Quest Overseas: Moon People, Clowns and Making A Difference

Quest Overseas gives children in Peru a chance to just be kids.

It’s a scorching hot summer’s day in Villa María, a shantytown of 750,000 people on the outskirts of Peru’s sprawling capital. The seven volunteers and four locals head out to a community we’ve never visited before. We reach a stretch of concrete high in the hills, tightly surrounded by small houses constructed haphazardly close to one another. In every direction we are surrounded by dogs guarding their homes and children peering at us curiously.

In the areas we frequently work in, we’re greeted with excited shouts of Gringos! Gringos! – the Peruvian kids’ affectionate term for us foreigners.

The contrast here is striking.

Nevertheless, inquisitive kids crowd around, drawn to the sound of the trumpet, the hula-hoops and, most exciting of all, the big colourful parachute. Seeing the parachute billowing up and down brings instant joy to the kids. It’s proven to be the most successful way of bringing in a crowd. Once there’s about fifteen or twenty kids we break off into smaller groups and start a game of throw and catch and bring out the skipping rope. A small girl comes up to us and asks us where we’re from.

La luna“, jokes our leader, Matty. “We’re from the moon. That’s why we’re so pale.”

Realisation dawns on her as she suddenly understands who these strange people are. It isn’t altogether an unreasonable conclusion to draw, really. For those unfamiliar with Quest Overseas, travelling halfway across the world to play games with kids might seem a bit alien, but those who have worked with Quest in Villa María are well aware of the widespread impact we’ve had over the past eighteen years.

Drawing is one of the many activities Quest Overseas volunteers run with the children – just look at these Picassos in the making!

The project began with one passionate Peruvian man, Alejandro. Seeing that the kids who were left to roam the streets during the holidays often got into trouble later in life, he set out with a few toys and organised activities in nearby areas. Today, under the leadership of Alejandro, the work of Quest and a strong team of locals, the project runs yearlong and has grown to include schools, construction projects and weekly shows. Each year Quest spreads its reach wider to visit more communities.

Some of the places we visited were isolated due to the poor roads and had no electricity or running water. Tiny makeshift houses would spring up overnight with people from the mountains flooding to the city to find work.

As a volunteer on the gap project, my roles consisted of activities co-ordinator, dancer, celebrity impersonator and clown, just to name a few. Essentially, our aim was to provide an unforgettable summer for as many kids as possible.

The volunteers found time for clowning around!

We would organise movie nights, which were especially exciting for those living in more remote areas, as many of them had never been to the cinema.

Most afternoons we took kids to the pool and paid for their entry. Although it only costs a few soles, for many kids in Villa María going to the pool is a rare experience.

On Sundays we would perform to a crowd of up to four hundred people in the middle of town. We would dress up as celebrities or Disney characters and dance alongside dancers from the Quest school with Martha and Lucho, the MCs.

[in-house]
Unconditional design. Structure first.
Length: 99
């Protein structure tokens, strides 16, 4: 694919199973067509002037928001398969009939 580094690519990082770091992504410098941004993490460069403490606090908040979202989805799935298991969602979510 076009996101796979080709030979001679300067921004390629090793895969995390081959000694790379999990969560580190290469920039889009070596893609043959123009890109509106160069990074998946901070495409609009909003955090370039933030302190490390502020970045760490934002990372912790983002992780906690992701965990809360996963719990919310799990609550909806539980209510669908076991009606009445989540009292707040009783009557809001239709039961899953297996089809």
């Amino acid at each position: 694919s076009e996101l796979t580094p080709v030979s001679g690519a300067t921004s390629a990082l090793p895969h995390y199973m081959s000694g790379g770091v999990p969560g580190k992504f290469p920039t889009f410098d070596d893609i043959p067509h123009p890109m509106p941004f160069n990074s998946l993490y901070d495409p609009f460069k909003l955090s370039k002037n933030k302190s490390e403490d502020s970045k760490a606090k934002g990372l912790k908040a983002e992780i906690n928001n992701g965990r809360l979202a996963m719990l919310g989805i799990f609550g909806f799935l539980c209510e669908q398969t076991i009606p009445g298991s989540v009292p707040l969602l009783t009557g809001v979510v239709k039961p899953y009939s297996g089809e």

And, yes, a large portion of the project consisted of just playing games. We would do colouring in, play throw and catch, and lots of group activities. The idea behind this is more than just having a good time, though. We would try to form connections with kids from different communities, as it is common for groups to be disconnected with one another; one of the reasons why gang violence has been prevalent. We would play sports to encourage teamwork. Many kids have to look after their younger siblings during the holidays. We would provide them with respite and a chance to have their responsibilities lifted for a few hours.

I didn’t fully comprehend the importance of what we do until I started travelling around South America. We would often see children sitting on the streets as their mothers sold fruits and vegetables. Sometimes we were waited on in restaurants by children of no more than ten years of age. The sad truth is that a lot of these children don’t get a chance to just be kids.

I feel as if I gained so much from my time in Villa María. I loved working with the amazing, dedicated and slightly eccentric Peruvians. By living in the heart of the town, shopping at the markets and getting to know the locals, I feel as if I got a taste of a Peru that the tourists don’t get to see. By living and working with the other volunteers, I got to know them so well that by the time it came to go on our three week expedition, it made it all the more fun.

The children loved the parachute games they played!

After six weeks in Villa María, we set out on our adventure across Peru and Bolivia. As a relatively unadventurous person, I have to admit that I was quite nervous about what the next three weeks had in store. I wouldn’t have considered mountain biking, ice climbing and white water rafting to be my idea of a fun time, but I was surprised at just how incredible it was. Riding down the vertiginous death road ended up being one of the many highlights for me, along with sandboarding down the sand dunes of Huacachina, staying on a stunning island on Lake Titicaca, tackling the Inca Trail and fulfilling my childhood dream of seeing the awe-inspiring Machu Picchu.

My time in Villa María and travelling around South America was life-changing. I feel privileged to be part of the work that Quest is doing. I made lifelong friends from all round the world and it is by far one of the best experiences I’ve ever had.

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